As the coronavirus outbreak in Israel and the world intensifies, Rabbi Meir Mazuz, who promised that the virus would not affect Israel, blamed the continuing outbreak on pride parades.
"We are strict about the words of the Torah by washing hands and the rest of the commandments," said Mazuz at the Kisei Rahamim Yeshiva on Saturday night, according to Israel Hayom.
Mazuz is the dean of the Bnei Brak yeshiva and spiritual patron of Shas renegade Eli Yishai and his Yahad movement.
"This pride parade is a parade against nature, and anyone who does something against nature, the one who created nature takes revenge on him," he said. "When you do things against nature, you place your hand in fire and pray that the fire doesn't burn you? It burns you! Here they are doing [something] against nature in impertinence: the pride parade. What are you proud of?"
The rabbi claimed that all countries that have parades have been affected by the virus, but that Arab countries which don't have pride parades do not have the virus. Saudi Arabia, Qatar, Lebanon, Jordan, Iraq and a number of other countries throughout the Middle East have been affected by the virus.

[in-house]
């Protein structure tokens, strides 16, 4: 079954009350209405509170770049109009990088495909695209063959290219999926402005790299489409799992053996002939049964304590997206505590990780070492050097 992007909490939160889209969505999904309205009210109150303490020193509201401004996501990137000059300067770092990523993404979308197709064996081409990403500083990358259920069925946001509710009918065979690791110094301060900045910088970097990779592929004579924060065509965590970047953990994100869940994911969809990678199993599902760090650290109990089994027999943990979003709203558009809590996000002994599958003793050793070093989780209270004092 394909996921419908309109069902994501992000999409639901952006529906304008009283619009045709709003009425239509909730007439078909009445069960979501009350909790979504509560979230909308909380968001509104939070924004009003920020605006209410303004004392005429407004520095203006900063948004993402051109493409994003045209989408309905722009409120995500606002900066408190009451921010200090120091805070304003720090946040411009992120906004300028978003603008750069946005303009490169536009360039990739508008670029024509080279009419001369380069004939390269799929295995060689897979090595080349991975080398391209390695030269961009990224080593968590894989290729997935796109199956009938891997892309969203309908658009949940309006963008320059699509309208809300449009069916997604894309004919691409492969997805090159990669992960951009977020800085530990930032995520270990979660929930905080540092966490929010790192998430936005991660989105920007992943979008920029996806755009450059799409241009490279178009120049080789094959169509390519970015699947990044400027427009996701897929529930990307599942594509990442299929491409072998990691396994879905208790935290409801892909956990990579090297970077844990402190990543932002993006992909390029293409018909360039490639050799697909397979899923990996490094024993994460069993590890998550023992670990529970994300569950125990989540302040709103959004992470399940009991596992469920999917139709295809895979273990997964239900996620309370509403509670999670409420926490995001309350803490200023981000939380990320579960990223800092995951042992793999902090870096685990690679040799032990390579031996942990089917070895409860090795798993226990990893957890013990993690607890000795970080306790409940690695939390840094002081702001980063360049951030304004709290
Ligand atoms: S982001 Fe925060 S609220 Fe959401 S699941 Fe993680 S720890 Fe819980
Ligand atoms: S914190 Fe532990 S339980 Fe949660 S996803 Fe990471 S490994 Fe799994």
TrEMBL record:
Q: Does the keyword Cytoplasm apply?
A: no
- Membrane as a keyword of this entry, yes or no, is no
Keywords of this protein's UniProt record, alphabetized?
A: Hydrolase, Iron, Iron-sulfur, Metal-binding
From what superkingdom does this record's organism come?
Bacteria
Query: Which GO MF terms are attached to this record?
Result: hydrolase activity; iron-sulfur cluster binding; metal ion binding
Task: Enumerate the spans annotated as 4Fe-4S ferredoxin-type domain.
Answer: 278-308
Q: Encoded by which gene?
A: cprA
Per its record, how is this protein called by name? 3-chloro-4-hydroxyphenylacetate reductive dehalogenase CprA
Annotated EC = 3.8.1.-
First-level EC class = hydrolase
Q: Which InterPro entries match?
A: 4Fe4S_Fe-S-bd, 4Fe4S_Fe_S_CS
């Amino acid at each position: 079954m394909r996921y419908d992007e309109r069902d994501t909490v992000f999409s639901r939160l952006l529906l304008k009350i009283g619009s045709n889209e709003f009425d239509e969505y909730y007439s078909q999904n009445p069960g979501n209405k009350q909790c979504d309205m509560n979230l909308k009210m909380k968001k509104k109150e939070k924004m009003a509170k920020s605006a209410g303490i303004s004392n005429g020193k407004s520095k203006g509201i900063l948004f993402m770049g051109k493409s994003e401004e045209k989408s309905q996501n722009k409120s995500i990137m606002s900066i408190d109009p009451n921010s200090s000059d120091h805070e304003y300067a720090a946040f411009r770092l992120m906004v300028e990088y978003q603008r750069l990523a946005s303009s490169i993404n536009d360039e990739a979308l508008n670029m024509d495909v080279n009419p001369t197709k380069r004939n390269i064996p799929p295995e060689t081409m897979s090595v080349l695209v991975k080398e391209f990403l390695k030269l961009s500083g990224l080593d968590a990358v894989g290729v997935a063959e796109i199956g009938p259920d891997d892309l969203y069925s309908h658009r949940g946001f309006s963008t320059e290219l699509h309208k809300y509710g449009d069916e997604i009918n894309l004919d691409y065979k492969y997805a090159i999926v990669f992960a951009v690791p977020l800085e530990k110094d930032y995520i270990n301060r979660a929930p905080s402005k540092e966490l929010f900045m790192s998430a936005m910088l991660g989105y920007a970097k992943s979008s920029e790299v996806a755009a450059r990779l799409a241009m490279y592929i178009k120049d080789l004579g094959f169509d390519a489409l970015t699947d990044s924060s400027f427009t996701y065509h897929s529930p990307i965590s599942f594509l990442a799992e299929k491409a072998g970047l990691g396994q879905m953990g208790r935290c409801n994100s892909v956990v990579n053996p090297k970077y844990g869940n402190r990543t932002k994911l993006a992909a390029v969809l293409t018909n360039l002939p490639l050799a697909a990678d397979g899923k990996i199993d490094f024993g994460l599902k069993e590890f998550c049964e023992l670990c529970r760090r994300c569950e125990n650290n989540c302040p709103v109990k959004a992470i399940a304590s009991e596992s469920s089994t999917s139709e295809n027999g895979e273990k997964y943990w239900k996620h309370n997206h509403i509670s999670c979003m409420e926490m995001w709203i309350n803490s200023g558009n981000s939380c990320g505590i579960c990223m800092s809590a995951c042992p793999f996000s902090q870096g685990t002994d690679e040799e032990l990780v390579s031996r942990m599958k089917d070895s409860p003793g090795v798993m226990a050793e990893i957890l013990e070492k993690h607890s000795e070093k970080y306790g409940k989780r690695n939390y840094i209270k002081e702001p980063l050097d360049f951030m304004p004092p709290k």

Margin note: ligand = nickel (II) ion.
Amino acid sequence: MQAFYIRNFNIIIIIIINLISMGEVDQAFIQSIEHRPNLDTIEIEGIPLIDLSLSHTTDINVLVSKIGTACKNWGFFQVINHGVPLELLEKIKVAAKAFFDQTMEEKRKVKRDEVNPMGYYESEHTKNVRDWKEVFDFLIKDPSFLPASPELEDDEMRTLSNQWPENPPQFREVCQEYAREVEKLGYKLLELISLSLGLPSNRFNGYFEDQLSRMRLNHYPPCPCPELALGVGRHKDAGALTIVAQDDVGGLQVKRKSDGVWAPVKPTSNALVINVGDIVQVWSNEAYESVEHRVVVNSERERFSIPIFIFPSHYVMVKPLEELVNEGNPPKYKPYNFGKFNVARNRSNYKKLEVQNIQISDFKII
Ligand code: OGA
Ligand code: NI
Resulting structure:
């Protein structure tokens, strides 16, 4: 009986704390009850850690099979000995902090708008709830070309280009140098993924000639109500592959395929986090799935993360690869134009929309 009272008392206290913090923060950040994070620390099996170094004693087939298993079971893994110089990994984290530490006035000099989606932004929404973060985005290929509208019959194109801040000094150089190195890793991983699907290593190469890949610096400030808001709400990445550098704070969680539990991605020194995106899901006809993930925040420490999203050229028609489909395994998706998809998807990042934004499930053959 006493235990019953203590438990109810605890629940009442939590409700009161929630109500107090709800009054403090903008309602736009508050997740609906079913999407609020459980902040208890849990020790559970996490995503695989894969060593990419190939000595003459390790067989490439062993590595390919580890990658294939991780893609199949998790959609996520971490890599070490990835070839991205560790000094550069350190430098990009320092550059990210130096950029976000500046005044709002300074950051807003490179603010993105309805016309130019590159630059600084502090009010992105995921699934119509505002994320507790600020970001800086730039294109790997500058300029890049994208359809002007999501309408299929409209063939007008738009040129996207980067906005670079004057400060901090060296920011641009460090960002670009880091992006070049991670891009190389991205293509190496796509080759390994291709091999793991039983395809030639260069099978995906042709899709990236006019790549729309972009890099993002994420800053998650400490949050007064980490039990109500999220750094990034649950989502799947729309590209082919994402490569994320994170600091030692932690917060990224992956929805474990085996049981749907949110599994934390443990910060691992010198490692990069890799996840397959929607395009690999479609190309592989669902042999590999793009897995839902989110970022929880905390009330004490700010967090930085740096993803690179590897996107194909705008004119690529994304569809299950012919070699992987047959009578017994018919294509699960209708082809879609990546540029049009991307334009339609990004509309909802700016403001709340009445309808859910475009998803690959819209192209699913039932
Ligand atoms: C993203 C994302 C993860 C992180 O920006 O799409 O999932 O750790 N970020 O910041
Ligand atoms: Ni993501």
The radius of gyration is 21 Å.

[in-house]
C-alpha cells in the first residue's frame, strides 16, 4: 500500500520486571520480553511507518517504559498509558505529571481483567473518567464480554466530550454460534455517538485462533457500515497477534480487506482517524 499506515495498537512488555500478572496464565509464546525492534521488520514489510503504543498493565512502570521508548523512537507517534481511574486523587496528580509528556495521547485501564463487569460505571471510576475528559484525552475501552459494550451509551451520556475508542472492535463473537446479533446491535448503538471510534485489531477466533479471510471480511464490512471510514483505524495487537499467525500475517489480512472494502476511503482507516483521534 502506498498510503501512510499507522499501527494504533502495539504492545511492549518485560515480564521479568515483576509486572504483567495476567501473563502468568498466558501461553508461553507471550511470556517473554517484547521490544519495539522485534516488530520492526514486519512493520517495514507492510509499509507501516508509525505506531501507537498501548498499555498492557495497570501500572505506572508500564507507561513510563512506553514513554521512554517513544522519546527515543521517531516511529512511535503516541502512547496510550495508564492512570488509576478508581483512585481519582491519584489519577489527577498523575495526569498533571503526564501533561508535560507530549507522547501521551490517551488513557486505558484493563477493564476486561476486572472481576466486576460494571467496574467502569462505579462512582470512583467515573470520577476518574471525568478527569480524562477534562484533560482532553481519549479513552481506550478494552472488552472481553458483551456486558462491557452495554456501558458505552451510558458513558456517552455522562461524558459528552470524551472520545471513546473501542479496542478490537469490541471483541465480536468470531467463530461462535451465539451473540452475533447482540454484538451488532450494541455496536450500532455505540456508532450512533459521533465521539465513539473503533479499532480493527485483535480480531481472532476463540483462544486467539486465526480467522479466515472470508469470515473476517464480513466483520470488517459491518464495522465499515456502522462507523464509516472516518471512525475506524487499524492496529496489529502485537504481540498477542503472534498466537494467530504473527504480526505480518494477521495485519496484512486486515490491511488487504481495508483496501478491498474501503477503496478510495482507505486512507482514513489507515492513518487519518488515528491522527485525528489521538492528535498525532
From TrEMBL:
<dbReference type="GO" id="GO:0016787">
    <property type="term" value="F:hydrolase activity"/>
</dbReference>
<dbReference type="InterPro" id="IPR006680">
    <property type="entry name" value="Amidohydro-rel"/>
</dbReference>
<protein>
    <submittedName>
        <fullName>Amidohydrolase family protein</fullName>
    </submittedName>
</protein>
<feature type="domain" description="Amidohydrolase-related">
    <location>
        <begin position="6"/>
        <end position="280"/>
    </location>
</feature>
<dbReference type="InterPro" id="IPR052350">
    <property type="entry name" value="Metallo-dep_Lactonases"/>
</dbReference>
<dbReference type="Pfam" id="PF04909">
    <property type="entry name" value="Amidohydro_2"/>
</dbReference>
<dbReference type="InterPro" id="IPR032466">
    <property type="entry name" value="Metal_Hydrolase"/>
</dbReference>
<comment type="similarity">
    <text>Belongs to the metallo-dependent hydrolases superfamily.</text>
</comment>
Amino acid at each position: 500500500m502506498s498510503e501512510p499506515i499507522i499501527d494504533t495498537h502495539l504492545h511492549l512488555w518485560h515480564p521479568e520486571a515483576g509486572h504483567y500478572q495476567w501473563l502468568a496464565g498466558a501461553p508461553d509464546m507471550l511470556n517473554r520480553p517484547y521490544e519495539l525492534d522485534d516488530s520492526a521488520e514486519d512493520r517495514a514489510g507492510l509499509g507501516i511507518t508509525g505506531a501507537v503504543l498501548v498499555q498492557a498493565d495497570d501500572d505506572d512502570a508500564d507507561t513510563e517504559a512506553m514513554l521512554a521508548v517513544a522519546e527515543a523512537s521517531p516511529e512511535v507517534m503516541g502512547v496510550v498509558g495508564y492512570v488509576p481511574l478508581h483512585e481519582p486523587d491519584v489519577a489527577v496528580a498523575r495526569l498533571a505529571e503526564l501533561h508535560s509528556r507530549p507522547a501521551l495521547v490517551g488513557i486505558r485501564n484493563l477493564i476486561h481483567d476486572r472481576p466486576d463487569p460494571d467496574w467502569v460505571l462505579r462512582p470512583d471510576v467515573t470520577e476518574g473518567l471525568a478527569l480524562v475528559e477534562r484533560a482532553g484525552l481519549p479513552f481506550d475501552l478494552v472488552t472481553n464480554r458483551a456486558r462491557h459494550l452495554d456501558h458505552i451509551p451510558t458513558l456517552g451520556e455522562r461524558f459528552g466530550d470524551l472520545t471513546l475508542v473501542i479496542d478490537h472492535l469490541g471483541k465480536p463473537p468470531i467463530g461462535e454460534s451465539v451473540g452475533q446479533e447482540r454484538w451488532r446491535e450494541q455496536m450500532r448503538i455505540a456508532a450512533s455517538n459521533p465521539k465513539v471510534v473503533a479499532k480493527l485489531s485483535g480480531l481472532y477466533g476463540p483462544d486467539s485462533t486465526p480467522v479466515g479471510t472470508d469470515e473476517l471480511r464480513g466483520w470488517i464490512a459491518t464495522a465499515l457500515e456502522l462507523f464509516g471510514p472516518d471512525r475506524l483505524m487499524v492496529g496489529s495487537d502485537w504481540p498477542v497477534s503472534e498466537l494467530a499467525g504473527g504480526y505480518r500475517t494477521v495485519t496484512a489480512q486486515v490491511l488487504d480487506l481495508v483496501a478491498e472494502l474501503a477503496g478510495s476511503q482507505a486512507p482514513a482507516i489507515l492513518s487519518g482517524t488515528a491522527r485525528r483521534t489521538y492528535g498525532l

Iran, where homosexuality is punishable by death, has been hit especially hard by the virus, with a higher death rate than the global average. Mazuz claimed that the outbreak there was due to "vices" and because "they hate Israel horribly," according to Israel Hayom.
Israel has reported 58 cases of the novel coronavirus in the country as of Tuesday morning, about 20 of them in the last 24 hours.
"It is very regrettable and unfortunate that in the moments that the entire world is united in order to eradicate the coronavirus, Rabbi Mazuz finds it correct to blame the LGBT+ community, and to treat [its] members as if they were responsible for the outbreak of the disease," said the Anti-Defamation League's Israel branch on Facebook on Sunday, in response to Mazuz's statements. "We strongly condemn these words and call on the rabbi to apologize."
Blue and White MK Yorai Lahav Hertzanu responded to Mazuz's remarks on Facebook, writing: "The words of Meir Mazuz are madness. Incitement against people just because they exist may have been routine at the beginning, middle and end of the 20th century. In 2020, [however,] there is no room for ceremonies of fear and hate of this type, and it is regrettable that a stage is given to them at all in the Israeli public.
Mazuz has blamed a number of tragedies on pride parades, including the terrorist attack in which Eitam and Naama Henkin were killed in 2015.Jeremy Sharon contributed to this report.